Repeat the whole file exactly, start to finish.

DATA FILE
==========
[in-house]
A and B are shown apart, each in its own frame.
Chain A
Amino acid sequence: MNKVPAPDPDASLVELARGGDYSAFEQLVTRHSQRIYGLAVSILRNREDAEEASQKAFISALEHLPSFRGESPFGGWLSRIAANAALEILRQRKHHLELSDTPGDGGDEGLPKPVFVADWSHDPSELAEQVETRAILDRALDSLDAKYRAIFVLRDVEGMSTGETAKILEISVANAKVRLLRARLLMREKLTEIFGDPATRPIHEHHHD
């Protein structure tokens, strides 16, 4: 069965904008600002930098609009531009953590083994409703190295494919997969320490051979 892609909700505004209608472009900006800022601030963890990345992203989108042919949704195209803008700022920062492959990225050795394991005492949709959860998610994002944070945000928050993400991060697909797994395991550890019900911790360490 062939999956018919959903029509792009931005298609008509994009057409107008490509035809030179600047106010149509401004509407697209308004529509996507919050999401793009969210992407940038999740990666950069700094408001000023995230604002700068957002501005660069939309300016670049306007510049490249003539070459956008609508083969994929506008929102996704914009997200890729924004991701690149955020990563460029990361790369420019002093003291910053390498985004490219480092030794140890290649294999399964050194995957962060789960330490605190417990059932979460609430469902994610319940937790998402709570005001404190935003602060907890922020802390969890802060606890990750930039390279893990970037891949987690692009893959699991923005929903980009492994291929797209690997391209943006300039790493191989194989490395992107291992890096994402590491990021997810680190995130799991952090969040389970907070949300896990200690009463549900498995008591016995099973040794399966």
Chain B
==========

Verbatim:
[in-house]
A and B are shown apart, each in its own frame.
Chain A
Amino acid sequence: MNKVPAPDPDASLVELARGGDYSAFEQLVTRHSQRIYGLAVSILRNREDAEEASQKAFISALEHLPSFRGESPFGGWLSRIAANAALEILRQRKHHLELSDTPGDGGDEGLPKPVFVADWSHDPSELAEQVETRAILDRALDSLDAKYRAIFVLRDVEGMSTGETAKILEISVANAKVRLLRARLLMREKLTEIFGDPATRPIHEHHHD
């Protein structure tokens, strides 16, 4: 069965904008600002930098609009531009953590083994409703190295494919997969320490051979 892609909700505004209608472009900006800022601030963890990345992203989108042919949704195209803008700022920062492959990225050795394991005492949709959860998610994002944070945000928050993400991060697909797994395991550890019900911790360490 062939999956018919959903029509792009931005298609008509994009057409107008490509035809030179600047106010149509401004509407697209308004529509996507919050999401793009969210992407940038999740990666950069700094408001000023995230604002700068957002501005660069939309300016670049306007510049490249003539070459956008609508083969994929506008929102996704914009997200890729924004991701690149955020990563460029990361790369420019002093003291910053390498985004490219480092030794140890290649294999399964050194995957962060789960330490605190417990059932979460609430469902994610319940937790998402709570005001404190935003602060907890922020802390969890802060606890990750930039390279893990970037891949987690692009893959699991923005929903980009492994291929797209690997391209943006300039790493191989194989490395992107291992890096994402590491990021997810680190995130799991952090969040389970907070949300896990200690009463549900498995008591016995099973040794399966």
Chain B